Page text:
Weekly Roundup: Fremont Place, Riverplace, Broadway Corridor, and more

Fremont Place Apartments

The City Council voted down the Fremont Place Apartments over concerns about the width of the Greenway trail

The Portland City Council voted 5-0 to overturn the Design Commission’s approval of the Fremont Place Apartmentsthe Pearl District apartment building opposed by neighbors. Portland for Everyone asked if it this would create an open season for NIMBY lawsuitsCity Observatory argued that Portland doesn’t really want to make housing affordable.

Later that day council voted down a series of zoning amendments that would be necessary for the Kengo Kuma-designed Riverplace Redevelopment to move forward

The Portland Tribune noted that the series of denials added up to the rejection of nearly 3,000 new homes.

The Willamette Week reported that three developers made the shortlist for the redevelopment of the post office site in the Pearl District, known as the Broadway Corridor.

Archinect wrote about the dismantling of the “iconic Portland Building‘s postmodern, multicolored facade”.

BikePortland reported on how the University of Portland’s Franz Campus has puts greenway advocates on edge.

Weekly Roundup: Canopy Hotel, Fremont Place, 5 MLK, and more

Canopy Hotel

A new restaurant named Canopy will open this May in the ZGF Architects designed Canopy Hotel.

Pearl District residents turned out at city council in an attempt to block the Fremont Place Apartmentswrites the Oregonian. The Willamette Week reported that a former president of the Pearl District Neighborhood Association warned that if efforts to block housing are successful the neighborhood “could become an urban gated community for the landed class.”

The Portland Mercury reported that the Canopy Restaurant will open this May in the Pearl District Canopy Hotel.

The Daily Journal of Commerce reported on the demolition of the old OHSU School of Dentistry, which is being torn down with “Jurassic flair“*. The building will be replaced by the new OHSU Elk’s Children Eye Clinic.

The Portland Mercury reported that the decades old Chinese Village restaurant has closed its kitchen. A 20,480 square feet grocery store proposed for the site at 520 SE 82nd Ave was recently submitted for building permit review.

The Daily Journal of Commerce published photos of the demolition of the old Fishels Furniture building. It is being torn down to make way for the 5 MLK development.

Architect and City Council Candidate Stuart Emmons is “angling for the anti-development vote in Portland”, according to the Willamette Week.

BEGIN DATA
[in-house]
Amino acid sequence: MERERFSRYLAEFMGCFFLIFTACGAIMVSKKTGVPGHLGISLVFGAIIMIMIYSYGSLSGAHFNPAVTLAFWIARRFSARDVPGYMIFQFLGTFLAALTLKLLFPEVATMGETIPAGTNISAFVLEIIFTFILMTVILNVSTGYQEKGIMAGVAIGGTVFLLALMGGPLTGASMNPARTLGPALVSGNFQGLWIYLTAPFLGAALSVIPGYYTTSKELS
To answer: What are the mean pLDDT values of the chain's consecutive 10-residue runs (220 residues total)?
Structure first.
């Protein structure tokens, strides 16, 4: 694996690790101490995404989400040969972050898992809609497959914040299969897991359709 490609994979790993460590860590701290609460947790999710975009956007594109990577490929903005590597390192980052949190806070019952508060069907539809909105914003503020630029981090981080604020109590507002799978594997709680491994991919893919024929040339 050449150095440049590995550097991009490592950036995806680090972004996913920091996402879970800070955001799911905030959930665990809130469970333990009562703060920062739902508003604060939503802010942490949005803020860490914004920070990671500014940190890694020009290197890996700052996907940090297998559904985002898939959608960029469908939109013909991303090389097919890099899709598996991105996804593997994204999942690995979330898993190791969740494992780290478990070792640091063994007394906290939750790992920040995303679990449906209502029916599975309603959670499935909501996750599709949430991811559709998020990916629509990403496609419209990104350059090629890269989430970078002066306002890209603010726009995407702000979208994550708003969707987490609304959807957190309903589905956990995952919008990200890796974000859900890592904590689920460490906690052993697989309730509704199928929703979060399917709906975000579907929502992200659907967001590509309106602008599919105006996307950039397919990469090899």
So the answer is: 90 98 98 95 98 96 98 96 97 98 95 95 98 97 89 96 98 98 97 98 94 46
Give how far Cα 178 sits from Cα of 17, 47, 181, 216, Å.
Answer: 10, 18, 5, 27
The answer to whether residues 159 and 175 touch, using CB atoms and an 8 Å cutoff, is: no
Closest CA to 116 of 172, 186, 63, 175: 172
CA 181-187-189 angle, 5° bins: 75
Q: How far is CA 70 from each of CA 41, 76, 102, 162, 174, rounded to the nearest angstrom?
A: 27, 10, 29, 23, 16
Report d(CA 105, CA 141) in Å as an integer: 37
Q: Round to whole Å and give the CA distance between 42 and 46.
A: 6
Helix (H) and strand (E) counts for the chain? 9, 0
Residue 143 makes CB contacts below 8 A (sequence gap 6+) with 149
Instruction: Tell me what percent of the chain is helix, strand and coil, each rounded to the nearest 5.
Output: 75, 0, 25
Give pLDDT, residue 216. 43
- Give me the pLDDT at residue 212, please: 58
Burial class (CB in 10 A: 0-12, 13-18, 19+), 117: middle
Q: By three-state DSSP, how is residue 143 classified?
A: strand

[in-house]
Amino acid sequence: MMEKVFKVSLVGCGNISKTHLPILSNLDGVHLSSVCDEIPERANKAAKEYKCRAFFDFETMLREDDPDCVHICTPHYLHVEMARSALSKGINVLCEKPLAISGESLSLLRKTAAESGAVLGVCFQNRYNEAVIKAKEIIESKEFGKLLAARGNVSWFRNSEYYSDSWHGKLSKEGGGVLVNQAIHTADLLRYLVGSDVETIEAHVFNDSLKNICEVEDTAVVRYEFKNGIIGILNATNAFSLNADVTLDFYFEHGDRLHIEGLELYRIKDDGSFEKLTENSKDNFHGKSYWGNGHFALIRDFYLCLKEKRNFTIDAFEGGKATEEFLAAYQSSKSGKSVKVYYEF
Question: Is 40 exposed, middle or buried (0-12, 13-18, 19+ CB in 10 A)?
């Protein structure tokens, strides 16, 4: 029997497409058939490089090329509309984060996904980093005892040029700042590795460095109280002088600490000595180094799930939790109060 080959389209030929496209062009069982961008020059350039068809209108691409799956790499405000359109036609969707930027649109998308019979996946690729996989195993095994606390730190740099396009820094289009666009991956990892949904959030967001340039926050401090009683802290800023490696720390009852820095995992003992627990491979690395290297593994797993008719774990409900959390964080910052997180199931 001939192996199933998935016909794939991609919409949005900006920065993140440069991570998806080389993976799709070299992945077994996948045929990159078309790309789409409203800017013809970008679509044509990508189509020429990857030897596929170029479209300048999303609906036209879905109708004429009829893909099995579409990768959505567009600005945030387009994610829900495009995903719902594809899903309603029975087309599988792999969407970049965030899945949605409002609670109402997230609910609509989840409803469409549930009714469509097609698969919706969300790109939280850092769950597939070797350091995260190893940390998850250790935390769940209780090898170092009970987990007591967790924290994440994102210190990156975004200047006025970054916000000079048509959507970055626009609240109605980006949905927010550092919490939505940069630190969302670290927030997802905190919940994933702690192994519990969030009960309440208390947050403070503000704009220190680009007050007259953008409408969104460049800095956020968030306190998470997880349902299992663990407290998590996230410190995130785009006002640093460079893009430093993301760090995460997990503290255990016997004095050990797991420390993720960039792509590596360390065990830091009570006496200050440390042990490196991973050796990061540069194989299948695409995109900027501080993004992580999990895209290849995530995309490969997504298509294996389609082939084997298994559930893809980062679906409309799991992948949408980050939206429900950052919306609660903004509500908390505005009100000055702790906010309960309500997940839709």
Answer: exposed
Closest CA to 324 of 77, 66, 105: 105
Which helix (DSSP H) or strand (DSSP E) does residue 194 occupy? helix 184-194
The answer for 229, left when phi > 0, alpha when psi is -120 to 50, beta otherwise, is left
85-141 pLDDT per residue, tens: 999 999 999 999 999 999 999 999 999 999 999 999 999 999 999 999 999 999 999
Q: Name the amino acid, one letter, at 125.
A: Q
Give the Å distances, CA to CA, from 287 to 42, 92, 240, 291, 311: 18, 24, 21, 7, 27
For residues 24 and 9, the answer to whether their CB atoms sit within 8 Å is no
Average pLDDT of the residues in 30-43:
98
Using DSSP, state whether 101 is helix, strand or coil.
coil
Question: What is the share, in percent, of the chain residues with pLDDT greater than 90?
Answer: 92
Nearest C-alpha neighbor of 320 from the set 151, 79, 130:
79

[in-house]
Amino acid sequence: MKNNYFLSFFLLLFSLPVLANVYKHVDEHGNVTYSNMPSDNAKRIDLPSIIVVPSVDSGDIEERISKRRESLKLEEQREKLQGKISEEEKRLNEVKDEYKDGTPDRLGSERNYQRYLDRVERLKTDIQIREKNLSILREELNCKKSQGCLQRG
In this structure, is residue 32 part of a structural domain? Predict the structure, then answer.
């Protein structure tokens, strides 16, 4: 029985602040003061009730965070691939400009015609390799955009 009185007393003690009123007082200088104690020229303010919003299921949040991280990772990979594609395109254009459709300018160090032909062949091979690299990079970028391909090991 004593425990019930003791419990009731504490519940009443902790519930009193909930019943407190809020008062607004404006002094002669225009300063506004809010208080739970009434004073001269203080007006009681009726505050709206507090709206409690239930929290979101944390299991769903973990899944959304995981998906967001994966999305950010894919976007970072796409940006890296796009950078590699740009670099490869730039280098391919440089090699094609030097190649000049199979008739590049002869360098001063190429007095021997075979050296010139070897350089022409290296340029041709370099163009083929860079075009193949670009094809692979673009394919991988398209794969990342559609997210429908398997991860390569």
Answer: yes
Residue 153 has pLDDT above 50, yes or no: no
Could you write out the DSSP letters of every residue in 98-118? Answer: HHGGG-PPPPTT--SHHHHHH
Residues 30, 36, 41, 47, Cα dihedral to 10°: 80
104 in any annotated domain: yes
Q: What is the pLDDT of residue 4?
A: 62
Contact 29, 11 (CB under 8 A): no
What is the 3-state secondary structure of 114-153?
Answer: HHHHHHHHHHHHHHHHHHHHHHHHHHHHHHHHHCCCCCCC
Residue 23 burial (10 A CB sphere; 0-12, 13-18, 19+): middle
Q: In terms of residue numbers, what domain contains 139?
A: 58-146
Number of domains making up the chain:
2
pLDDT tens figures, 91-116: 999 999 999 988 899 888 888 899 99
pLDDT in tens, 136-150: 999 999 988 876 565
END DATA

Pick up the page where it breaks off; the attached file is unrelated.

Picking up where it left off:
The Portland Tribune profiled Carrie Strickland, founder and majority owner of Works Progress Architecture.

*This article will be unlocked for the rest of this week. After this week it will only be viewable by DJC subscribers.

Weekly Roundup: KEX Portland, Fremont Place, Jolene’s First Cousin, and more

Jolene's First Cousin

Guerilla Development’s Jolene’s First Cousin intends to provide affordable housing—without government subsidy.

The Willamette Week wrote about Jolene’s First Cousin, a development at 2834 SE Gladstone St that intends to provide housing for formerly homeless individuals, subsidized by market rate rents in the project’s commercial space.

With Portland’s “apartment-building binge appear[ing] to be headed off a cliff” the Oregonian asked whether the city’s inclusionary zoning mandate is to blame.

The Daily Journal of Commerce wrote about The Vivian – KEX Portland, a proposed hostel with a ground-floor gastropub planned at a century-old apartment building at 110 N.E. Martin Luther King Jr. Blvd.

A couple years after artists were displaced from the Towne Storage building OPB asked whether Portland can save it arts.

The Portland Business Journal reported on a groundbreaking ceremony for Riverplace Parcel 3a large affordable housing development planned at the south end of downtown.

KGW reported on the Fremont Place Apartments, a “17-story tower [that] could block NW Portland views“.

*This article will be unlocked for the rest of this week. After this week it will only be viewable by DJC subscribers.

Fremont Place Apartments Approved; Appealed to City Council (images)

The Design Commission has approved the Fremont Place Apartments, a 17 story tower designed by TVA Architects. The 185′ tall building, being developed by the Lincoln Property Company, would include 275 residential units and a ground floor restaurant space facing the Willamette River. Parking for 149 cars is proposed in an underground garage. 481 long-term bicycle parking spaces as also proposed, with 206 provided in a bicycle parking room and the remainder in the residential units.

The Design Commission approval now been appealed to City Council by the board of the Pearl District Neighborhood Association.